Unveiling the Islamic Dress Code - Part 1

Covering (Satar) of `Owrah

Index of Articles

By Ayub A. Hamid



Islam as a way of life abhors any sexual act or any behaviour having sexual overtones that is not between duly wedded spouses -- forbidding absolutely any kind of sexual act, overtures or flirtation. It is extremely sensitive about this issue and greatly emphasizes maintenance of purity by Muslims in their character, behaviour, gaze, words and thoughts. 

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To help Muslims in this regard, Islam provides rules and regulations; the observation of which will ensure an environment that facilitates the desired level of purity as well as protects believers from sinful activities. Segregation of males and females and use of hijaab, jilbaab and khimaar are part of those provisions.

This is a topic that is frequently debated, about which opinions differ significantly and on which much confusion seems to exist. The confusions mostly arise when the teachings of the Qur-aan and Sunnah are not taken in their proper context; when differences in categories of people and venues of their interaction are not appropriately considered; or, when people try to make Islam conform to non-Islamic lifestyles. The booklet attempts to describe those rules and regulations in a clear, concise manner to facilitate formulation of a balanced opinion on the subject and encourage appropriate practice. 

Segregation and Reduced Interaction

In the pre-Islamic Arab society, "era of ignorance", although some women of noble families wore jilbaab[1] over their dress in public, the average citizens were similar to today's Western society in terms of the free mixing of the sexes and lack of modesty in dress. Nudity, though not commonly appreciated, was not a matter of major concern. In fact, performing rites of worship in the Holy Ka'bah naked was considered better for all non-Quraish people than performing them clothed in their "worldly" clothes. A person who wanted to inform his tribe of an impending danger would remove his clothes to wave them while calling for his people's attention. Obviously that kind of environment neither was, nor is it now, helpful in maintaining the purity of thoughts and behaviour that Islam requires from its adherents.

Allaah Subhaanahu wa Ta`aala is so merciful to believers that to save them from falling into a major sin for which He has warned of severe punishments, He has provided rules and regulations closing those channels that may provide opportunity to sin or tempt towards it. To save people from the dire consequences of zinaa[2] in any shape or form, He has decreed a dress code to cover defined parts of the body that cannot be exposed, and has decreed Muslims' social practices such that non-mahram[3] males and females are segregated and their interaction is reduced to a minimum. However, the decreed rules about dress, segregation and interaction are not uniform for all males and females. They vary according to gender, the closeness of relationship of the people involved, the venue and their needs for interaction in the normal course of day-to-day life.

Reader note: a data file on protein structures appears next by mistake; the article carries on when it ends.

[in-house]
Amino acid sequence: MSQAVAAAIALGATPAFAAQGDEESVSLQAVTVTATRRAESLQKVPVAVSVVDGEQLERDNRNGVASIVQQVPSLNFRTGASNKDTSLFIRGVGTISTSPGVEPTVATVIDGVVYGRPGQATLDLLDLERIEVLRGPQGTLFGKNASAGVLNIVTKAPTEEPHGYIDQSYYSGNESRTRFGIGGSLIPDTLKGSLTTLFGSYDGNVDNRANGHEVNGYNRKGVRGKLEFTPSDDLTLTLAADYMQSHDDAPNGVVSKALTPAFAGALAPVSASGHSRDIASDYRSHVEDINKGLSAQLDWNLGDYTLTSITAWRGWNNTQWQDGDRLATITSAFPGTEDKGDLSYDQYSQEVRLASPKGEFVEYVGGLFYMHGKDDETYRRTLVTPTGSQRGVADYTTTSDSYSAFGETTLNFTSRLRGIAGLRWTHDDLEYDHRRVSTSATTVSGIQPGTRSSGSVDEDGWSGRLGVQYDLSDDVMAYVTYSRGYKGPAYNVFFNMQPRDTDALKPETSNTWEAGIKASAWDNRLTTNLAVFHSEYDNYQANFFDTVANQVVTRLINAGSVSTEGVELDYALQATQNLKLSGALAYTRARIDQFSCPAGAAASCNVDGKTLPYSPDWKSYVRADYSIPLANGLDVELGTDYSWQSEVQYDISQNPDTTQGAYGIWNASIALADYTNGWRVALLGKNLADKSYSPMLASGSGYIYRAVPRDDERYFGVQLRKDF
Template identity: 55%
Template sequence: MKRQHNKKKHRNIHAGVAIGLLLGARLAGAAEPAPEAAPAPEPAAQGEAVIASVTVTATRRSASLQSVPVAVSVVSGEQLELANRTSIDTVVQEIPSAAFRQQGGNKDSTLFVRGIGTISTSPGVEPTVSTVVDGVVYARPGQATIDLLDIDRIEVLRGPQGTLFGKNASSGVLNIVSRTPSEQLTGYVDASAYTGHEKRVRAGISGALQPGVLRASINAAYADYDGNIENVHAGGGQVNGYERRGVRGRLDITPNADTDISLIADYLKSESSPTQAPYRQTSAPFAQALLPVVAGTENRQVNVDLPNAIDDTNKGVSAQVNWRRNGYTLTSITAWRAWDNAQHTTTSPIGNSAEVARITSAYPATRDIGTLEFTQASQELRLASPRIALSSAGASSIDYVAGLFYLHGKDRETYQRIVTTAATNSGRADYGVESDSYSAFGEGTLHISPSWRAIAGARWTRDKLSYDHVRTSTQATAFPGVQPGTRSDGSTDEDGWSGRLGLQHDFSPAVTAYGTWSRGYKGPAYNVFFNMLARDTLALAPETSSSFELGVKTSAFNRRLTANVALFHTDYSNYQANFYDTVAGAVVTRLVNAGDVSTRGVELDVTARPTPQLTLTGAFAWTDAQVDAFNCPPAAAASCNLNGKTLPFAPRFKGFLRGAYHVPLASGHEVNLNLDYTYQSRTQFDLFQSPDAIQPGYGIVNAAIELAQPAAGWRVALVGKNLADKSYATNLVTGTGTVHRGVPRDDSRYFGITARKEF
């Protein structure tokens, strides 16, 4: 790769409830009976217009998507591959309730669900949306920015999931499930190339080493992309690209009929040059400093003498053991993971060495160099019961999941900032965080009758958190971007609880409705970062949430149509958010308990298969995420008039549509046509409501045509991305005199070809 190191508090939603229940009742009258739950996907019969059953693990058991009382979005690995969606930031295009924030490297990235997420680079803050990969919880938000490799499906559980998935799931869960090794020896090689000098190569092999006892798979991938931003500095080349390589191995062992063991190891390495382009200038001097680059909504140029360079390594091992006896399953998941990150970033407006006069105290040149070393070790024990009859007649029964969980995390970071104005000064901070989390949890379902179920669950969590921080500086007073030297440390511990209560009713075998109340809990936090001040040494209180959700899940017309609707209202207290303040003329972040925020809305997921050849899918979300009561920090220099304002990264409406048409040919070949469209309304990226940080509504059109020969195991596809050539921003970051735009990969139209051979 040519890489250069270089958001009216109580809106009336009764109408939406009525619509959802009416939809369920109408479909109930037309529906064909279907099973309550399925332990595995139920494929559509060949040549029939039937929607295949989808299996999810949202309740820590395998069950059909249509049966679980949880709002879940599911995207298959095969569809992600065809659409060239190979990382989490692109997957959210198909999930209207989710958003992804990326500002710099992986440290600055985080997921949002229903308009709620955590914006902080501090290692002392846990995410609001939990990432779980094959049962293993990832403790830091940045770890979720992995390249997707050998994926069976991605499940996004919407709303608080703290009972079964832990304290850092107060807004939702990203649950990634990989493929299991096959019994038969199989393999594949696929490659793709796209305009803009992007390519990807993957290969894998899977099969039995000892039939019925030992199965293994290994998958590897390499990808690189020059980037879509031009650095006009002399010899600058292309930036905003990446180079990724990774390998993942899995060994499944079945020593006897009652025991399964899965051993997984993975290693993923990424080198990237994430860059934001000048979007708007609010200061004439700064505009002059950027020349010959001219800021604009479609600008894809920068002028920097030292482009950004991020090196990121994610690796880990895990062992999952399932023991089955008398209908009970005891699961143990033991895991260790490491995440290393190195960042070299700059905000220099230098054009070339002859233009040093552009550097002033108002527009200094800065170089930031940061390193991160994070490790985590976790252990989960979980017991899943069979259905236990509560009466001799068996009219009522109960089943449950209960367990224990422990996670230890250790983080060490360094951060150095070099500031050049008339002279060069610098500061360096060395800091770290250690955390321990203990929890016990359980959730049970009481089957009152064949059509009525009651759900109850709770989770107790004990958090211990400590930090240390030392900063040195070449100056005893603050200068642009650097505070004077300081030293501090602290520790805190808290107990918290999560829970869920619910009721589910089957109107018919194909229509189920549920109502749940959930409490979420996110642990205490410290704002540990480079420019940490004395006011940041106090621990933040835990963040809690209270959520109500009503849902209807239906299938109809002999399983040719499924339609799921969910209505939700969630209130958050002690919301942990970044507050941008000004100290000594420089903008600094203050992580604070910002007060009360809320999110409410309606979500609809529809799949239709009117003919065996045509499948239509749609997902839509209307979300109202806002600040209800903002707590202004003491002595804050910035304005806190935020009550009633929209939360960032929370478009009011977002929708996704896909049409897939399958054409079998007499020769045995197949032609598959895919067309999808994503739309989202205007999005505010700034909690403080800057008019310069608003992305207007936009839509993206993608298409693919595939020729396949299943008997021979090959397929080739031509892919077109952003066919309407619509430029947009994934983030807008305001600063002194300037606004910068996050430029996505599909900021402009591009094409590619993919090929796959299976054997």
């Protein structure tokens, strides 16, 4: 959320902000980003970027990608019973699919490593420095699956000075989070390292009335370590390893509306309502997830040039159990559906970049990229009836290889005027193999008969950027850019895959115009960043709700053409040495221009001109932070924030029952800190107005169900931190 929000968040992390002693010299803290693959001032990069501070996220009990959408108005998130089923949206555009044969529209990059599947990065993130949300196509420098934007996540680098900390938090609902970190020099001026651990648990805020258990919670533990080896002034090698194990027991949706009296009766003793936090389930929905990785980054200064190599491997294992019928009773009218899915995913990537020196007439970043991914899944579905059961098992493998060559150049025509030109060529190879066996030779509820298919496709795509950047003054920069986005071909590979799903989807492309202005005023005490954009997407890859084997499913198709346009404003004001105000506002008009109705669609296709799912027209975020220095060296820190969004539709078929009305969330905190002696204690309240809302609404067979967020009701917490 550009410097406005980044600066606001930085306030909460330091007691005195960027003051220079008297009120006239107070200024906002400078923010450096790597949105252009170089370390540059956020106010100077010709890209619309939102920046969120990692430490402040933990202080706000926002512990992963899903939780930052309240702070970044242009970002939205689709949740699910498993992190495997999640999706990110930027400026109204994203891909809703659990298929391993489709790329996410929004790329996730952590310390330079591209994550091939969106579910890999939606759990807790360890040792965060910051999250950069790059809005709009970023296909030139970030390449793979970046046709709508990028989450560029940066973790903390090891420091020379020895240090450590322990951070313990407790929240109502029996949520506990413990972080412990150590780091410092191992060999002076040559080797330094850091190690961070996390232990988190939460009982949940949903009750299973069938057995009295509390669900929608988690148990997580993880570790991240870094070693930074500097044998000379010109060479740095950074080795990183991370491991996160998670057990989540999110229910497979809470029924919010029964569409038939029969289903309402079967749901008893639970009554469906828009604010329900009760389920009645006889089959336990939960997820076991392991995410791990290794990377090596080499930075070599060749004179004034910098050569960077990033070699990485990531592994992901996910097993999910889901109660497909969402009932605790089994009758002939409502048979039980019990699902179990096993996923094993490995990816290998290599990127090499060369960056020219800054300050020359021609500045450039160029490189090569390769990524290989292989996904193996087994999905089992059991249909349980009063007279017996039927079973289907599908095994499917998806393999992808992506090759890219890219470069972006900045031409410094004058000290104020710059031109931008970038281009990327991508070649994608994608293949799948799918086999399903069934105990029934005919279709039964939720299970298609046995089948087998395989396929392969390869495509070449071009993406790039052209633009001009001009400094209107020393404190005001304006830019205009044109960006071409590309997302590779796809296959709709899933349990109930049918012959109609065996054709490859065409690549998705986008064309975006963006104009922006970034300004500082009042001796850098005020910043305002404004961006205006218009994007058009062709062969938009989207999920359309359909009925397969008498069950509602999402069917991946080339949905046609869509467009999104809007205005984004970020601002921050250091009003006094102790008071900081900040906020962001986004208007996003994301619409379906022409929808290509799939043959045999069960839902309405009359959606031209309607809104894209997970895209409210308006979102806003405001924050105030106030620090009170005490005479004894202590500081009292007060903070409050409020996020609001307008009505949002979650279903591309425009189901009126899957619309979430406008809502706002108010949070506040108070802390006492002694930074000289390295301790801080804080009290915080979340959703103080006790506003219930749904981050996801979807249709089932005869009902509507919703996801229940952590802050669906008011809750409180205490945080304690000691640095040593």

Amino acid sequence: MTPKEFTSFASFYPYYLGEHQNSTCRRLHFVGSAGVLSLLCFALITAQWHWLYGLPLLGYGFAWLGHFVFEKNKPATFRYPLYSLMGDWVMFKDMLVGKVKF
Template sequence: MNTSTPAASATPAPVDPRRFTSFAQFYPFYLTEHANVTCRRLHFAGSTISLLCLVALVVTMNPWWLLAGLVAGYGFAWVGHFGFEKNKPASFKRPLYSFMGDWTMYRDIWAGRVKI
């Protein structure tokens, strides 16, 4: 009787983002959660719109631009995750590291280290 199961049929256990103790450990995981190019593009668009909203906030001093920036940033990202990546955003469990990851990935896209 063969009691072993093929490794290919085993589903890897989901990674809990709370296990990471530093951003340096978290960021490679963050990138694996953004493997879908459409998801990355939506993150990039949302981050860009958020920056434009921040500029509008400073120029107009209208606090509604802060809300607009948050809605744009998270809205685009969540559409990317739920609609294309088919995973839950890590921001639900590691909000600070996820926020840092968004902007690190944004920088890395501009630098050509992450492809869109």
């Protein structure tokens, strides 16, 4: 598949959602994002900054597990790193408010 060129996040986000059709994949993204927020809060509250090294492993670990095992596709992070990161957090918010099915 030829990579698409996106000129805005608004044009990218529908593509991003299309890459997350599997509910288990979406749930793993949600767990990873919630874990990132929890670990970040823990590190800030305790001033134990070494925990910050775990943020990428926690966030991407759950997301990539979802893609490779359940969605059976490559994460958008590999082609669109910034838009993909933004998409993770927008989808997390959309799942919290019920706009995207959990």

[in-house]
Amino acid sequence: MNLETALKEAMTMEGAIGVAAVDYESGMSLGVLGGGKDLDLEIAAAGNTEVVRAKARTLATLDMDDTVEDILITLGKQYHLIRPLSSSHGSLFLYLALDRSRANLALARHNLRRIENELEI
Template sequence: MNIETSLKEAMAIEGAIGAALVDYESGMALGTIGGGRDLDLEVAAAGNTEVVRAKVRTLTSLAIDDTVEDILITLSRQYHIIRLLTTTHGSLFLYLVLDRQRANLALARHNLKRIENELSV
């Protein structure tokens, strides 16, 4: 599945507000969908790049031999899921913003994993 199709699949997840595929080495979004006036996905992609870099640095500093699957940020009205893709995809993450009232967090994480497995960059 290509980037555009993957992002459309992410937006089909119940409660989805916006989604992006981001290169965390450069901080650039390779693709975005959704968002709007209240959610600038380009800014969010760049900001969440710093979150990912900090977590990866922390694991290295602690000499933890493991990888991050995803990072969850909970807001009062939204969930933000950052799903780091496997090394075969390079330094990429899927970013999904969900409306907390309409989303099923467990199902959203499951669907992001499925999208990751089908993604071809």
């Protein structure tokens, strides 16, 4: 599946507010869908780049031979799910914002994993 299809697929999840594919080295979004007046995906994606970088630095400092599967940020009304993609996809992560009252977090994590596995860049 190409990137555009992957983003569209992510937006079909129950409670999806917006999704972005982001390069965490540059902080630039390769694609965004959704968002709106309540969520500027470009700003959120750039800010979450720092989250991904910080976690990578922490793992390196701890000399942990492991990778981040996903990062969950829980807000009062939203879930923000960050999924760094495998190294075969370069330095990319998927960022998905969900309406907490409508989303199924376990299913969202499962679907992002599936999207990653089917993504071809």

It should be remembered that Islamic civilization took its ideal shape through a process of evolution, though in a very short time frame. In a mere 23 years, the ignorant culture, traditions and lifestyle of Arabs were completely revolutionized and replaced with Islamic civilization through this evolutionary process. The rules and regulations concerning the topic under discussion were also implemented through this evolutionary process.

The Initial Basic Requirement - Covering (Satar) of 'Owrah[4]

At first, the Holy Qur-aan built upon the natural human urge to cover one's private parts. It reminded people of this aspect of human nature with the example of Adam and Hawwa and how they rushed to cover themselves with leaves of the Garden once their private parts were exposed as a result of their disobedience to Allaah Subhaanahu wa Ta`aala at the incitement of Shaytaan. It explained that although this shyness from nakedness (hayaa) is part of human nature, it is the first target of Shaytaan's machinations against human beings. Hence, people are inclined to expose themselves only due to the relentless incitement of Shaytaan. After making these points, it commanded that:

"O children of Adam! We have indeed sent down to you clothing to cover your shame, as well as to be an adornment and protection. But the raiment of Taqwa - that is the best. This is of the revelations of Allaah that they may be mindful. O children of Adam! Let not the Shaytaan seduce you as he got your (first) parents out of the Jannah (Garden), stripping them of their clothing to expose their shame. He surely sees you, he as well as his gang, from whence you cannot see them; surely We have made the Shayaateen to be the companions of those who do not believe." (Al-A'raaf 7:26-27)

Through this admonition, people were told that the purpose of dress is twofold: